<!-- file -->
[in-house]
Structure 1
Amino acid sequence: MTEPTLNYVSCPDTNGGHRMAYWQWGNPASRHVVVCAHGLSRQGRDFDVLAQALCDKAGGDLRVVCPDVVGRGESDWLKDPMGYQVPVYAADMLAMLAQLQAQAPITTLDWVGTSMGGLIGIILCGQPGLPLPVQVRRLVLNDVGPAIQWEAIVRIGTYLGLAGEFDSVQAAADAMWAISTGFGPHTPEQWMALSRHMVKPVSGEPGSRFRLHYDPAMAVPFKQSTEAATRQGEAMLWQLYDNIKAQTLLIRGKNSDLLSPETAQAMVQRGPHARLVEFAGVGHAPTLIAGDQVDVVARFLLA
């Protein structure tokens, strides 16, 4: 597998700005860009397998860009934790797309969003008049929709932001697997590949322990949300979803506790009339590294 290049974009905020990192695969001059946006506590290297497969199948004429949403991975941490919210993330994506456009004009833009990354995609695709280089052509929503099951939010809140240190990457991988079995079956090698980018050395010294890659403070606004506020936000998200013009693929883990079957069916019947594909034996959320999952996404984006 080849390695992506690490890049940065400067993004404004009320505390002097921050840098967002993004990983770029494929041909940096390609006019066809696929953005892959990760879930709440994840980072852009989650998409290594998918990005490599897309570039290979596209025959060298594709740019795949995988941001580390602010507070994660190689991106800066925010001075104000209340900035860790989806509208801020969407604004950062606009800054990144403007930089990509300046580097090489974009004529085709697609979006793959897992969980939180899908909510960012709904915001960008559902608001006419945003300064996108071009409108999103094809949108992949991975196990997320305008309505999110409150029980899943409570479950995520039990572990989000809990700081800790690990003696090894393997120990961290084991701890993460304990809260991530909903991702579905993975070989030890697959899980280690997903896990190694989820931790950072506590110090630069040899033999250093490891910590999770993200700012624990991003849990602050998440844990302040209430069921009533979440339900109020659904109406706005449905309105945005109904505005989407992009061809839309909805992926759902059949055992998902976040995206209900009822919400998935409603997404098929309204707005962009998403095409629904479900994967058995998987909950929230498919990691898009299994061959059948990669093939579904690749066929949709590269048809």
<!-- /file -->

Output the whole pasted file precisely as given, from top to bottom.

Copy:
[in-house]
Structure 1
Amino acid sequence: MTEPTLNYVSCPDTNGGHRMAYWQWGNPASRHVVVCAHGLSRQGRDFDVLAQALCDKAGGDLRVVCPDVVGRGESDWLKDPMGYQVPVYAADMLAMLAQLQAQAPITTLDWVGTSMGGLIGIILCGQPGLPLPVQVRRLVLNDVGPAIQWEAIVRIGTYLGLAGEFDSVQAAADAMWAISTGFGPHTPEQWMALSRHMVKPVSGEPGSRFRLHYDPAMAVPFKQSTEAATRQGEAMLWQLYDNIKAQTLLIRGKNSDLLSPETAQAMVQRGPHARLVEFAGVGHAPTLIAGDQVDVVARFLLA
């Protein structure tokens, strides 16, 4: 597998700005860009397998860009934790797309969003008049929709932001697997590949322990949300979803506790009339590294 290049974009905020990192695969001059946006506590290297497969199948004429949403991975941490919210993330994506456009004009833009990354995609695709280089052509929503099951939010809140240190990457991988079995079956090698980018050395010294890659403070606004506020936000998200013009693929883990079957069916019947594909034996959320999952996404984006 080849390695992506690490890049940065400067993004404004009320505390002097921050840098967002993004990983770029494929041909940096390609006019066809696929953005892959990760879930709440994840980072852009989650998409290594998918990005490599897309570039290979596209025959060298594709740019795949995988941001580390602010507070994660190689991106800066925010001075104000209340900035860790989806509208801020969407604004950062606009800054990144403007930089990509300046580097090489974009004529085709697609979006793959897992969980939180899908909510960012709904915001960008559902608001006419945003300064996108071009409108999103094809949108992949991975196990997320305008309505999110409150029980899943409570479950995520039990572990989000809990700081800790690990003696090894393997120990961290084991701890993460304990809260991530909903991702579905993975070989030890697959899980280690997903896990190694989820931790950072506590110090630069040899033999250093490891910590999770993200700012624990991003849990602050998440844990302040209430069921009533979440339900109020659904109406706005449905309105945005109904505005989407992009061809839309909805992926759902059949055992998902976040995206209900009822919400998935409603997404098929309204707005962009998403095409629904479900994967058995998987909950929230498919990691898009299994061959059948990669093939579904690749066929949709590269048809």